Forest and conservation workers typically do the following:
Forest and conservation workers are supervised by foresters and forest and conservation technicians, who direct their work and evaluate their progress.
Forest and conservation workers perform basic tasks to maintain and improve the quality of the forest. They use digging and planting tools to plant seedlings and power saws to cut down diseased trees.
Some forest workers work on tree farms or orchards, where they plant, cultivate, and harvest many different kinds of trees. Their duties vary with the type of farm and may include planting seedlings or spraying to control weed growth and insects.
Some forest and conservation workers work in forest nurseries, where they sort through tree seedlings, discarding the ones that do not meet standards. Others use hand tools or their hands to gather woodland products, such as decorative greenery, tree cones, bark, moss, and other wild plant life. Some may tap trees to make syrup or chemicals.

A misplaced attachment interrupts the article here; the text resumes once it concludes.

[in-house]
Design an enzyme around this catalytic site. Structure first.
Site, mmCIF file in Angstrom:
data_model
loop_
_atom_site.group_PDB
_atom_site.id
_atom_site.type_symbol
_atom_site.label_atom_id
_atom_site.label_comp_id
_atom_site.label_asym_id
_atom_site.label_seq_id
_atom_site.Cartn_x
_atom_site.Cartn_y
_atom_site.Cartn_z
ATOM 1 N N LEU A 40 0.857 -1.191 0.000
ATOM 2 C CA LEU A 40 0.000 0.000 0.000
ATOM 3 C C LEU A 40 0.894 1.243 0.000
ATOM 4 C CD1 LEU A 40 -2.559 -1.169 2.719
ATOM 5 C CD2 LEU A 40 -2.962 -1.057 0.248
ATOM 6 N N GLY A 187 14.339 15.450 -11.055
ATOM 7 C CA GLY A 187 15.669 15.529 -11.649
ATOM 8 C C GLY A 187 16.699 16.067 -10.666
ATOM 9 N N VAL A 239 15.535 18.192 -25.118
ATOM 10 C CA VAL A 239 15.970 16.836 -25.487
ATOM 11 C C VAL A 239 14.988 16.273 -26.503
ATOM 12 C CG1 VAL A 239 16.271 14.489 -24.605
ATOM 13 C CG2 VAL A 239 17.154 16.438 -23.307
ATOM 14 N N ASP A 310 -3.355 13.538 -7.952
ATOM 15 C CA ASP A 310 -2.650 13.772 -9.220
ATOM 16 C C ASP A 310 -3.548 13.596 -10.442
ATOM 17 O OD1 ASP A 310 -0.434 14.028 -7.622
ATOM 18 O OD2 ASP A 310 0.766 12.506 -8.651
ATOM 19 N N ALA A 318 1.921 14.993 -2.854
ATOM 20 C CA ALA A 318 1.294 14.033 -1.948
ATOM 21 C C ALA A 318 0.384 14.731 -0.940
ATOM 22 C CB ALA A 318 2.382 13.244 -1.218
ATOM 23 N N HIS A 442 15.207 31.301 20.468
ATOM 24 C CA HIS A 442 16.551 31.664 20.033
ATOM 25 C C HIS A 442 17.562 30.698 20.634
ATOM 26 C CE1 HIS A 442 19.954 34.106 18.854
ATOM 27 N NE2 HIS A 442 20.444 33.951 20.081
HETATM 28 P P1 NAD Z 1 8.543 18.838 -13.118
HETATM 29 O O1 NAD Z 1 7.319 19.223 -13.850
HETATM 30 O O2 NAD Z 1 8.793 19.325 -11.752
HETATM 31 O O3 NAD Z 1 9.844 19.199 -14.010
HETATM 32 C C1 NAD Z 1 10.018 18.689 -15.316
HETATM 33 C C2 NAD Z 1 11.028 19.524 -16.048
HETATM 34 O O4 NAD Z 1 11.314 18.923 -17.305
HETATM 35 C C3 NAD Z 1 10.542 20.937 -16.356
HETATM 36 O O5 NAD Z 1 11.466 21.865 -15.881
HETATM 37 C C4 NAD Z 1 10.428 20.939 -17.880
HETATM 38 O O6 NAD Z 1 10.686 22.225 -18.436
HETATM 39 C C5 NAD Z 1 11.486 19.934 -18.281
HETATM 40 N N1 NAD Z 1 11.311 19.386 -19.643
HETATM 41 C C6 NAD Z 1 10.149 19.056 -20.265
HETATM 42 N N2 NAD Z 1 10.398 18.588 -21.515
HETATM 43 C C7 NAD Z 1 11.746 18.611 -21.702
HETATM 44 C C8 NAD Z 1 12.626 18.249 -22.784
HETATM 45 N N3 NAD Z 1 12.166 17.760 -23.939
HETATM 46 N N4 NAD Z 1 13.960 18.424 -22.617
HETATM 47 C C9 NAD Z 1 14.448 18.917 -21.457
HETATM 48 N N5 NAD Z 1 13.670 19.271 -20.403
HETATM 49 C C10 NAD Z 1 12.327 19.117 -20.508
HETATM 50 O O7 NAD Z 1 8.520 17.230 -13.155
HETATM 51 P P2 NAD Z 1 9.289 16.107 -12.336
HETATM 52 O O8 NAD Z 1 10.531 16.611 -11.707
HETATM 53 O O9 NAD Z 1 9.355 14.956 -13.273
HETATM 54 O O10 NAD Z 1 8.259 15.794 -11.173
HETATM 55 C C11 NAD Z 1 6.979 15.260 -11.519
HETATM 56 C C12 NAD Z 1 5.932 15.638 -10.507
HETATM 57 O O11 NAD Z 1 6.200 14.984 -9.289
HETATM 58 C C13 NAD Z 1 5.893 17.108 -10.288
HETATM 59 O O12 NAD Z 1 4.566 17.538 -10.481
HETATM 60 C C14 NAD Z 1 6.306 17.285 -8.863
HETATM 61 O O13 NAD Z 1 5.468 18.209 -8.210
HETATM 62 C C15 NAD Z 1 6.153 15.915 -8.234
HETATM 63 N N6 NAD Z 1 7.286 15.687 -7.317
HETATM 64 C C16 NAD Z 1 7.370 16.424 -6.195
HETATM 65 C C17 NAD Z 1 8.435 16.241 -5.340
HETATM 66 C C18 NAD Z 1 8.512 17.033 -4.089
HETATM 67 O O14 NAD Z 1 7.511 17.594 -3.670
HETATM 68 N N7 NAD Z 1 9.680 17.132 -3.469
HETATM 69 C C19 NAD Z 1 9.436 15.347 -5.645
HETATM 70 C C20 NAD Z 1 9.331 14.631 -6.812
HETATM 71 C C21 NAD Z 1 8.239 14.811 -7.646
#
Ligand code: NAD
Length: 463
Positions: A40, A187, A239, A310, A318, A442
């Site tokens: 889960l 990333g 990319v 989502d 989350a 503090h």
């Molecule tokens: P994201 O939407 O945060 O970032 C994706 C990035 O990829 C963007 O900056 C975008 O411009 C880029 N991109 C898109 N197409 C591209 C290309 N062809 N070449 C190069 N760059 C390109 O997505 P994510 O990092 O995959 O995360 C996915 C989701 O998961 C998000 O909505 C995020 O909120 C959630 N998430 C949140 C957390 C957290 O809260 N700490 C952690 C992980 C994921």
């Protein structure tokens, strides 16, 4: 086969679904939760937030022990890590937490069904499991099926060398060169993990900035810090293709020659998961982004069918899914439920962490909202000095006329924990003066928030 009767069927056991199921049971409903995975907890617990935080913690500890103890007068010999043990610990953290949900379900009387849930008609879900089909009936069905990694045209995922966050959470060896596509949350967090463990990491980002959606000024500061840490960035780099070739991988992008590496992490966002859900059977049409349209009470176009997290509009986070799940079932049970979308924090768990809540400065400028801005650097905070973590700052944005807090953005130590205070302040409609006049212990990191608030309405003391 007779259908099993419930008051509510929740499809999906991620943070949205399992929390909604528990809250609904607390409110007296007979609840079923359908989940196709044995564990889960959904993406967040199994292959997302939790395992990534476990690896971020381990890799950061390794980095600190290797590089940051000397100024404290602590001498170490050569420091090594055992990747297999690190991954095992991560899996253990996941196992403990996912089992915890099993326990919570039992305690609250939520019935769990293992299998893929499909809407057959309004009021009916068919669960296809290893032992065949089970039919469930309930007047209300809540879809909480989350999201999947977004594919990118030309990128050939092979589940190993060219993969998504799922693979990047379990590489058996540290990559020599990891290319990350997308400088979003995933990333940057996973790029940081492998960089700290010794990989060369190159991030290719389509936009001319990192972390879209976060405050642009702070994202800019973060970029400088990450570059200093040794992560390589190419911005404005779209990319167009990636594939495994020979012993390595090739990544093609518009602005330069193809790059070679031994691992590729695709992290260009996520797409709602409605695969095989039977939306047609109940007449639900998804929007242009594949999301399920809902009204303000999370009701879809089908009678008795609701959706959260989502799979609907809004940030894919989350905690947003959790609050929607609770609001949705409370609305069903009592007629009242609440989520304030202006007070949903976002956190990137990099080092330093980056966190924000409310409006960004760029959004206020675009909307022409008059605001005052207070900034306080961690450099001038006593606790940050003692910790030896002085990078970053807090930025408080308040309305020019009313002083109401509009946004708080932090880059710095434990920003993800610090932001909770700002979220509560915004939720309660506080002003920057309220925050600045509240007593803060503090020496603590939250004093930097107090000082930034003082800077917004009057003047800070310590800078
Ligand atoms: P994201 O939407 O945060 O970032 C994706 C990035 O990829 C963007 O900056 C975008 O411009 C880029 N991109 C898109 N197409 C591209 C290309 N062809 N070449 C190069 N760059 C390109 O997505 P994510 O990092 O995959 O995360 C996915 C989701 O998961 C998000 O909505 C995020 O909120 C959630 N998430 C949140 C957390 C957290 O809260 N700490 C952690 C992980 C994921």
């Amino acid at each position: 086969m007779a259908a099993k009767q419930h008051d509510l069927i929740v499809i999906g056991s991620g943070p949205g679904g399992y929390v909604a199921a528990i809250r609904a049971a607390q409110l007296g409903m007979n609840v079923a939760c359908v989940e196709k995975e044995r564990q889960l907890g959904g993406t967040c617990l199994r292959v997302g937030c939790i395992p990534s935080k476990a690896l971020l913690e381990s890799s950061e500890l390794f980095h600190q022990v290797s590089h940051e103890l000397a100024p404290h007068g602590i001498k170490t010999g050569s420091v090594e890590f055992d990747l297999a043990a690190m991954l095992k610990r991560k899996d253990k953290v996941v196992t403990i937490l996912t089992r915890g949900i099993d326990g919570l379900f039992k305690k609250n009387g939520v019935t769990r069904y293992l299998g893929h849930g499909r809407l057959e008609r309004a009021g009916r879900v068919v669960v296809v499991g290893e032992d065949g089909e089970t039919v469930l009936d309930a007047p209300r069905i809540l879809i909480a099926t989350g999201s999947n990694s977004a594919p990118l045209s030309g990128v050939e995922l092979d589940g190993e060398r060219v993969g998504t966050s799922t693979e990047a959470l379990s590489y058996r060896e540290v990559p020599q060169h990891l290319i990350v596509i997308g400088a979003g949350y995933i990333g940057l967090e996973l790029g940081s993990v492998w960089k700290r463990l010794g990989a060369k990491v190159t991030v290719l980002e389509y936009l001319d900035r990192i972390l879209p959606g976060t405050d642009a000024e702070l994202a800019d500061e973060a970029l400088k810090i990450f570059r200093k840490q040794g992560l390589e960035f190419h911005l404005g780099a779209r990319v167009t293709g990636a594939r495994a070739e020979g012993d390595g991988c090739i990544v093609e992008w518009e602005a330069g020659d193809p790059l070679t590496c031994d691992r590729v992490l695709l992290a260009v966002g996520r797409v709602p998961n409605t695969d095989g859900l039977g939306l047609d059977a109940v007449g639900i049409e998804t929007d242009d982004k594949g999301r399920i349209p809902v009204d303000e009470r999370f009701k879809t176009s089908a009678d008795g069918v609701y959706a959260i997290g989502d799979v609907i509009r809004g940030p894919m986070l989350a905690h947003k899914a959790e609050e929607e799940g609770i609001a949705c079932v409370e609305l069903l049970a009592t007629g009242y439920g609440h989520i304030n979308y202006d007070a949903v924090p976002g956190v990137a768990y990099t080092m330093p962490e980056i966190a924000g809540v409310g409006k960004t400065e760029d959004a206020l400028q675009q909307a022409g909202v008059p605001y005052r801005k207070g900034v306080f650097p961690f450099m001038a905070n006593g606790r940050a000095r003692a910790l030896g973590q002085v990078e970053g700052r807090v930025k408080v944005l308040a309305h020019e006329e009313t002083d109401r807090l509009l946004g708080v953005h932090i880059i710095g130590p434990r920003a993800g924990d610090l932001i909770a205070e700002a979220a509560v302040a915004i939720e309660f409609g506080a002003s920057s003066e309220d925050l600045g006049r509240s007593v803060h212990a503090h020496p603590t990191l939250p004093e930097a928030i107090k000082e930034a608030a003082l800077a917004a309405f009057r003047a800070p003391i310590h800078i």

Forest and conservation workers who are employed by or under contract with state and local governments may clear brush and debris from trails, roads, roadsides, and camping areas. They may clean kitchens and restrooms at recreational facilities and campgrounds.
Workers with a fire protection background help to suppress forest fires. For example, they may construct firebreaks, which are gaps in vegetation that can help slow down or stop the progress of a fire. In addition, they may work with technicians to determine how quickly fires spread and how successful fire suppression activities were. For example, workers help count how many trees will be affected by a fire. They also sometimes respond to forest emergencies.